The Police and Crime Commissioner will also publish an annual report which sets out performance against spending and provide the platform on which the Police and Crime Panel will seek to challenge and support the Police and Crime Commissioner in developing their police and crime plan.

Powers of the Mayor of London
The Mayor of London will have the same powers as a Police and Crime Commissioner, other than the power to hire and fire the Commissioner or the Deputy Commissioner. The mayor's office for policing and crime must secure an efficient and effective police service. It must also hold the Commissioner of Police of the Metropolis to account for the exercise of:

  • the functions of the commissioner
  • the functions of persons under the direction and control of the Commissioner

Budget

The Policing Grant provides funds for a police area. From this the Police and Crime Commissioners will be awarded sufficient funds to support them and their staff. All monies spent, as now, will be audited and accounted for and published each year.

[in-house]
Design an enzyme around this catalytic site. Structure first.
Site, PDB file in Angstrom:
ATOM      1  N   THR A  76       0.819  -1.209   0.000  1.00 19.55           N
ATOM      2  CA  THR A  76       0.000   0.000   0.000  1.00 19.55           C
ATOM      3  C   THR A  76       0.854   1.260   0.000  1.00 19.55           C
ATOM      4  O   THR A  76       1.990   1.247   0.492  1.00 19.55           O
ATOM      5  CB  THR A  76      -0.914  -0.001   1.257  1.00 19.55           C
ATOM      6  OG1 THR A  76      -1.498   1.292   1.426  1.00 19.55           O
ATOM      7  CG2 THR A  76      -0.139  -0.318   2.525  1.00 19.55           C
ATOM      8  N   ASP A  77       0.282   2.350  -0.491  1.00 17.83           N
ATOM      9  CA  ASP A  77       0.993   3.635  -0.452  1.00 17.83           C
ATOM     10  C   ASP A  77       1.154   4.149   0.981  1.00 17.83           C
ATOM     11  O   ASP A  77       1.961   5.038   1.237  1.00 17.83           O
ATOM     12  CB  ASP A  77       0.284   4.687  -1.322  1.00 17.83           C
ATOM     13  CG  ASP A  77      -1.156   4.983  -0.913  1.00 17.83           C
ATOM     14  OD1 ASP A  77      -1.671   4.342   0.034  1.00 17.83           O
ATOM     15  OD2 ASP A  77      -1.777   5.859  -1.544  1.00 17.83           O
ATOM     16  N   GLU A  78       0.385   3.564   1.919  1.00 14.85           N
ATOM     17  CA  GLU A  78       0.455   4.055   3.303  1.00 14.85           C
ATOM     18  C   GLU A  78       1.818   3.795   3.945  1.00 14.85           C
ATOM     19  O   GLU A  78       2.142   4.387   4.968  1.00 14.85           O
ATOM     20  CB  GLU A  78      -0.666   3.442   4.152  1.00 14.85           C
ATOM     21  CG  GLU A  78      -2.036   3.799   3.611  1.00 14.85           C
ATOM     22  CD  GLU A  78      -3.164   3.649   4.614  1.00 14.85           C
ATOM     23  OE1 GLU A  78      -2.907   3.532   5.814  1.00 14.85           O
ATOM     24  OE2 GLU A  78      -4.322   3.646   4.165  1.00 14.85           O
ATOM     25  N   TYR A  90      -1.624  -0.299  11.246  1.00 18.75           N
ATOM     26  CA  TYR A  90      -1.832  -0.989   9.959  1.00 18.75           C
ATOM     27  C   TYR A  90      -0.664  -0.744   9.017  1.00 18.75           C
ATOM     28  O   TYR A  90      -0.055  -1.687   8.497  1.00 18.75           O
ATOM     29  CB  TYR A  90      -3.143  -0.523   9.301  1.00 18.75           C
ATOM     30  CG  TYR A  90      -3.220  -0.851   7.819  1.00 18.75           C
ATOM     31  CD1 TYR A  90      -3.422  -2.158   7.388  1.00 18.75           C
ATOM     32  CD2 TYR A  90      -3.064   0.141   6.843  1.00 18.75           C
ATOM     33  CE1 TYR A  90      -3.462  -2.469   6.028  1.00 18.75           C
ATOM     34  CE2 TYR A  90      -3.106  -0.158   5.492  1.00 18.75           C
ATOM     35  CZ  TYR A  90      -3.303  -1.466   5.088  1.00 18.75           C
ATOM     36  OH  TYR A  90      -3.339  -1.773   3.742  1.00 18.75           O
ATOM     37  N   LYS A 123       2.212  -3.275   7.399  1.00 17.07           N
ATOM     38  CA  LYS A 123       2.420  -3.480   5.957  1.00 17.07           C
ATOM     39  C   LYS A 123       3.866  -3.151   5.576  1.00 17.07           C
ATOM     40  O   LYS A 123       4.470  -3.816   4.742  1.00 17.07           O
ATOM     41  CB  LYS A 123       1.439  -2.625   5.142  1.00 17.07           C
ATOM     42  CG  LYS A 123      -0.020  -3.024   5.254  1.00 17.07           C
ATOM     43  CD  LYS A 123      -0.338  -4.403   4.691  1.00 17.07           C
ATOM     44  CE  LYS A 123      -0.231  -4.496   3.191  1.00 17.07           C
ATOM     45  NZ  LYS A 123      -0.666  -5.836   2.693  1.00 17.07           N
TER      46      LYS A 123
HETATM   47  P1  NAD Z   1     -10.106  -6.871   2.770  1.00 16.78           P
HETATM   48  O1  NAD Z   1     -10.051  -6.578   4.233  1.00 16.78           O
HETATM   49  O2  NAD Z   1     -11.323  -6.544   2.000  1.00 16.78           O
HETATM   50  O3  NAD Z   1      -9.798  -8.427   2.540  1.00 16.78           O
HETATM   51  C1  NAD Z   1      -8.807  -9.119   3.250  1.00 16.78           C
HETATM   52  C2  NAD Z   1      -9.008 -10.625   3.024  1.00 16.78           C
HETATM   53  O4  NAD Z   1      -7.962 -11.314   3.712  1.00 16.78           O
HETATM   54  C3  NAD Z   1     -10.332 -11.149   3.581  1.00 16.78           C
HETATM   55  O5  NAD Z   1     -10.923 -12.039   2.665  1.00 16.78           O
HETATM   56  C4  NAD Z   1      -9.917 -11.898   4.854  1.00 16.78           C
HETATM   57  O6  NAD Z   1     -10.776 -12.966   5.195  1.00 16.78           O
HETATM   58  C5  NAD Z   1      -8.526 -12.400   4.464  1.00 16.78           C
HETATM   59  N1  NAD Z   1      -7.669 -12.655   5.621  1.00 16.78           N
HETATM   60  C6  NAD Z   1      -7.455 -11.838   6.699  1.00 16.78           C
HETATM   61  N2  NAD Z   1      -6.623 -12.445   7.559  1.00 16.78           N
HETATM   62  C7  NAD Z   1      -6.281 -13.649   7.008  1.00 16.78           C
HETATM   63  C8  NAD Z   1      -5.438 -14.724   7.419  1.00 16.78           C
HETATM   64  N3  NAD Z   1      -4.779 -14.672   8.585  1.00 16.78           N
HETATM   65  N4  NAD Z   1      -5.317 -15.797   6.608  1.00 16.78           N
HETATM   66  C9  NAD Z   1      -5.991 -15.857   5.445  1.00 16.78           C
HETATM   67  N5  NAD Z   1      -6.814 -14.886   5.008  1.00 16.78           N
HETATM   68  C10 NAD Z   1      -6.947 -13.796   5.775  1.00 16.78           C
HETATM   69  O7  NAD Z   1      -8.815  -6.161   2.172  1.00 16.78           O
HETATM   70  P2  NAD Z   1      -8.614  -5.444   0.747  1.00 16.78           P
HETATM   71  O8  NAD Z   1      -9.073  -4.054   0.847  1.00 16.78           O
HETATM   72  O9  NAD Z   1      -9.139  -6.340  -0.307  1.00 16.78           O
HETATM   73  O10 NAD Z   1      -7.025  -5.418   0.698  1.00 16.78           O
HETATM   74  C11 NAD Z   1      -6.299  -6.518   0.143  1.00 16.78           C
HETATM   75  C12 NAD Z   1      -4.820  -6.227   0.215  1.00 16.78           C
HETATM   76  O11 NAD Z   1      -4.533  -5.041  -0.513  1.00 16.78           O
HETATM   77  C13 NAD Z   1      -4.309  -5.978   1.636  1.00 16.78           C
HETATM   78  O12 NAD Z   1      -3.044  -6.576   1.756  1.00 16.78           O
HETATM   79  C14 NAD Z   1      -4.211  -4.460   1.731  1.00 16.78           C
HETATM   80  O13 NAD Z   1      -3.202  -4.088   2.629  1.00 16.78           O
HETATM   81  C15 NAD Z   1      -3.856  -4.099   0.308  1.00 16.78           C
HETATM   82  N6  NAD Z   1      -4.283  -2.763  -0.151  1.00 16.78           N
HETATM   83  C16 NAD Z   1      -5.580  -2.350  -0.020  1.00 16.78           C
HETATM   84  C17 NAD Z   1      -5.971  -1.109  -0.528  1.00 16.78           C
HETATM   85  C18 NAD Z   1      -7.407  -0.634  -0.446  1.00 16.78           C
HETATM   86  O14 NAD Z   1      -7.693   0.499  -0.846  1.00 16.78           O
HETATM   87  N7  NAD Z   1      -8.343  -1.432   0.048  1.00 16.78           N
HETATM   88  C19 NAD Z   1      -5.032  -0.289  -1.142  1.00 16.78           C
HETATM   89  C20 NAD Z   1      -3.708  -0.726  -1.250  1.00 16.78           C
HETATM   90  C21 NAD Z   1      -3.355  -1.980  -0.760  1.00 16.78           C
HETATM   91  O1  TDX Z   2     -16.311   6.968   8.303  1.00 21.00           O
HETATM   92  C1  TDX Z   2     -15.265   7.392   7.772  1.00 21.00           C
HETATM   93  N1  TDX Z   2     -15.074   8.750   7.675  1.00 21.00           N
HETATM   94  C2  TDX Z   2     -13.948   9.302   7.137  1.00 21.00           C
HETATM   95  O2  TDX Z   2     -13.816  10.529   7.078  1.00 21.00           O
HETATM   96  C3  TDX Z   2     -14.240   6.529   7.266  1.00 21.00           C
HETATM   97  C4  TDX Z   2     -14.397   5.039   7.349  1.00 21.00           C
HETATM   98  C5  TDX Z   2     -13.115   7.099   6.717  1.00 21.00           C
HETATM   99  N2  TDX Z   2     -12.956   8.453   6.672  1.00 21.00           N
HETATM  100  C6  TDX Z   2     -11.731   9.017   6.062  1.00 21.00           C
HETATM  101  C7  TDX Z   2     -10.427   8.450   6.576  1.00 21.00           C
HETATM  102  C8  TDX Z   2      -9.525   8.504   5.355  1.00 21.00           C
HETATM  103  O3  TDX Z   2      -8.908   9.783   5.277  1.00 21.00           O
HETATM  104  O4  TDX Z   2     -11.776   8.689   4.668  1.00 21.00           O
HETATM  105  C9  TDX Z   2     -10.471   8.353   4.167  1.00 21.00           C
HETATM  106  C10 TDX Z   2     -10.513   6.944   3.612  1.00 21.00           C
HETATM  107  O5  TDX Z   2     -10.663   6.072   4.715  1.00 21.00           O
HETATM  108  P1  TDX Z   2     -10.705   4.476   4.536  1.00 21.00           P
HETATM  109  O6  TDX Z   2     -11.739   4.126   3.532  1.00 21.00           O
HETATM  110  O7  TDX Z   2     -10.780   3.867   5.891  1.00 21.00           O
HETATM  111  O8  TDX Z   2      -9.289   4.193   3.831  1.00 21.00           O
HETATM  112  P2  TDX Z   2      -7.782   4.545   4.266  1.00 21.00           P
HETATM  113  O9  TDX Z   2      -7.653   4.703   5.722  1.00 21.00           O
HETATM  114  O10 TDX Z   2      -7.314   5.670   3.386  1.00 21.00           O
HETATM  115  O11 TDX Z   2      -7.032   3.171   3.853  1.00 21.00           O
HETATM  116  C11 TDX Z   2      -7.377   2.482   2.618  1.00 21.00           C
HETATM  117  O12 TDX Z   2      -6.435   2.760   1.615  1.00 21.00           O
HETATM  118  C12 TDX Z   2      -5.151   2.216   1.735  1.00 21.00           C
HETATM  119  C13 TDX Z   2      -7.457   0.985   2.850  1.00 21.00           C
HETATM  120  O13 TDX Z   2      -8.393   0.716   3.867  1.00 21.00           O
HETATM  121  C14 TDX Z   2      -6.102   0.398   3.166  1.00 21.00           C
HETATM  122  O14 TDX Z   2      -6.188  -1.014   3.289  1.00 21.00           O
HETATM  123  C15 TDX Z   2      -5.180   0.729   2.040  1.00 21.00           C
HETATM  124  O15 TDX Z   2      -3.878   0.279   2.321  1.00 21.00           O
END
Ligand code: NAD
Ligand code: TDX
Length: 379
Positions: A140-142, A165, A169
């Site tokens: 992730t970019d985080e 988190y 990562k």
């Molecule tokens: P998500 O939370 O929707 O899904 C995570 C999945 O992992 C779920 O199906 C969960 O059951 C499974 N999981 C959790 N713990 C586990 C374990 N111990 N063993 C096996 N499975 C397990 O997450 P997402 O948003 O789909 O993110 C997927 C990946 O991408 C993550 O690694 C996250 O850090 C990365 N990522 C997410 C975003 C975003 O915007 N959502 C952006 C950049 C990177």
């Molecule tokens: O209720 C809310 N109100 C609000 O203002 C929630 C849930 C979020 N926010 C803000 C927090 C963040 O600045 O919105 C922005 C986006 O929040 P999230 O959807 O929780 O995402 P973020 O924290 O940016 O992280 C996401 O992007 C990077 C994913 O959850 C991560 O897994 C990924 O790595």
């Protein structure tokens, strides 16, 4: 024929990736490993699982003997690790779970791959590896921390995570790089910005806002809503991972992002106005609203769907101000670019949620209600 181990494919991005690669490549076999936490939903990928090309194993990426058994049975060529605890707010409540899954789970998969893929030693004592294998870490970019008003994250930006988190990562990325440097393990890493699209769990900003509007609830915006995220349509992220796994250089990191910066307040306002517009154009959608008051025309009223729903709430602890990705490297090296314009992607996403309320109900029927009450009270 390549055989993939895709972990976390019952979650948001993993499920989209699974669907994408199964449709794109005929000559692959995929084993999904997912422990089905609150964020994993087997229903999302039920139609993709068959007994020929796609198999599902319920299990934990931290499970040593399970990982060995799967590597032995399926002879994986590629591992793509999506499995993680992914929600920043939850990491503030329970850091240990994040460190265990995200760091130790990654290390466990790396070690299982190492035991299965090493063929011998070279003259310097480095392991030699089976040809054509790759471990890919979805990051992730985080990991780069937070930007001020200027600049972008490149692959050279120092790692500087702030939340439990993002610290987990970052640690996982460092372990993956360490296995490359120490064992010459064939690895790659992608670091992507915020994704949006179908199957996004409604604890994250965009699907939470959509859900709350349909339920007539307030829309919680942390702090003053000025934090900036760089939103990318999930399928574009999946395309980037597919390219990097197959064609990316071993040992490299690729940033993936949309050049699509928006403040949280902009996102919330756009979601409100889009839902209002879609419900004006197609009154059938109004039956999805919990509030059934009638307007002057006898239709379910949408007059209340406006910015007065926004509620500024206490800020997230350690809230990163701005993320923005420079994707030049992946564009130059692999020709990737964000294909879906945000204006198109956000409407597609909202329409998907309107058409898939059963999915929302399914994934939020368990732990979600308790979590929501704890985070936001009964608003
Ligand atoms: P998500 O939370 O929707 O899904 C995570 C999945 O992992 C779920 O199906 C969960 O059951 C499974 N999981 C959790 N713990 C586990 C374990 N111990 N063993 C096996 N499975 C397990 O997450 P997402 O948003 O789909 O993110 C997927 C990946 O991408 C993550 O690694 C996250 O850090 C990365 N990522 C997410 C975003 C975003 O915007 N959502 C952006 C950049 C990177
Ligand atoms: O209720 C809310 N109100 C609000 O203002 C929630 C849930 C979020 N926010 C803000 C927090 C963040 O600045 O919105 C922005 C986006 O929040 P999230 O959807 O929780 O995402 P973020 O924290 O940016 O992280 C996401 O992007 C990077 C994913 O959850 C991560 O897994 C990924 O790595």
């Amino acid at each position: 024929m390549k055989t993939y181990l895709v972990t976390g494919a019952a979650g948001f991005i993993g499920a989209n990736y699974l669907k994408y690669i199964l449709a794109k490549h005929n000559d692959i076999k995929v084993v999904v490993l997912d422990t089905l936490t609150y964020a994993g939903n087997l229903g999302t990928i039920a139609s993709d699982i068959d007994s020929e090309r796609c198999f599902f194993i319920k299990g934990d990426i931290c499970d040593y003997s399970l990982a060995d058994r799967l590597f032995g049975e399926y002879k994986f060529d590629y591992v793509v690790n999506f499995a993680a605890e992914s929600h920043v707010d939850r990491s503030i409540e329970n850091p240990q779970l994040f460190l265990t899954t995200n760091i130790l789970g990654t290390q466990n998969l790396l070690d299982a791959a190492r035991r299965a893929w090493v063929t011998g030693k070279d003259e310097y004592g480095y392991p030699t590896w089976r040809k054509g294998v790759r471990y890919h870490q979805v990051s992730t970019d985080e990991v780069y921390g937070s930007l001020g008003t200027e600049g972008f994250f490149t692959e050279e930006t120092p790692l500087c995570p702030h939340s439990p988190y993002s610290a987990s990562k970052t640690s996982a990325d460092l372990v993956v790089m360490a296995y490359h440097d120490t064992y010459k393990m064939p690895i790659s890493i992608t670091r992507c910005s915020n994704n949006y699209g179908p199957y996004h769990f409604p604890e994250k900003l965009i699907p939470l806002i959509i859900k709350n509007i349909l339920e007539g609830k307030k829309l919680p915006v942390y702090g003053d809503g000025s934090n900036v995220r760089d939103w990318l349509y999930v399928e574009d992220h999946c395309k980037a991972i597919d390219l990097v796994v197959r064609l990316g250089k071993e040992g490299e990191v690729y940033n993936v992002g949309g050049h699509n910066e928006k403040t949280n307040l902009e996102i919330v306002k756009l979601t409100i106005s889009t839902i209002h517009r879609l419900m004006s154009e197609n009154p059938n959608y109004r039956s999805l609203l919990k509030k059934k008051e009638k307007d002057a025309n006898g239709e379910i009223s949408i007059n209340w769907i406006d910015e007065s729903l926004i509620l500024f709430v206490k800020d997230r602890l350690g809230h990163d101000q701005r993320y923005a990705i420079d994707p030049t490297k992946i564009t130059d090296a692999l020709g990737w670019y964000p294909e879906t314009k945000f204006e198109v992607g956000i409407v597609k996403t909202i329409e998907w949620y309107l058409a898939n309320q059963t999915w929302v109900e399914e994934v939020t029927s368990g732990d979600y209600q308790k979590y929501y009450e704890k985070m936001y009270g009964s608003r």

Salary and bonus payments
Police and Crime Commissioners need to be highly motivated, determined to deliver the best for the communities that they serve, and above all be focused on making our communities safe. The government wants to ensure that suitable and proportionate remuneration is achieved for such a challenging and rewarding role. The Senior Salaries Review Board (SSRB ) has recommended a salary scale for Police and Crime Commissioners of £65,000 to £100,000 with each police force area within England and Wales being weighted against this scale. The government do not believe it would be appropriate for Police and Crime Commissioners to receive performance related pay. The performance of Police and Crime Commissioners should be judged only by the electorate. The Senior Salaries Review Board agree with this approach and it forms part of their recommendations.

See the website in related information to find out about your local Police and Crime Commissioner.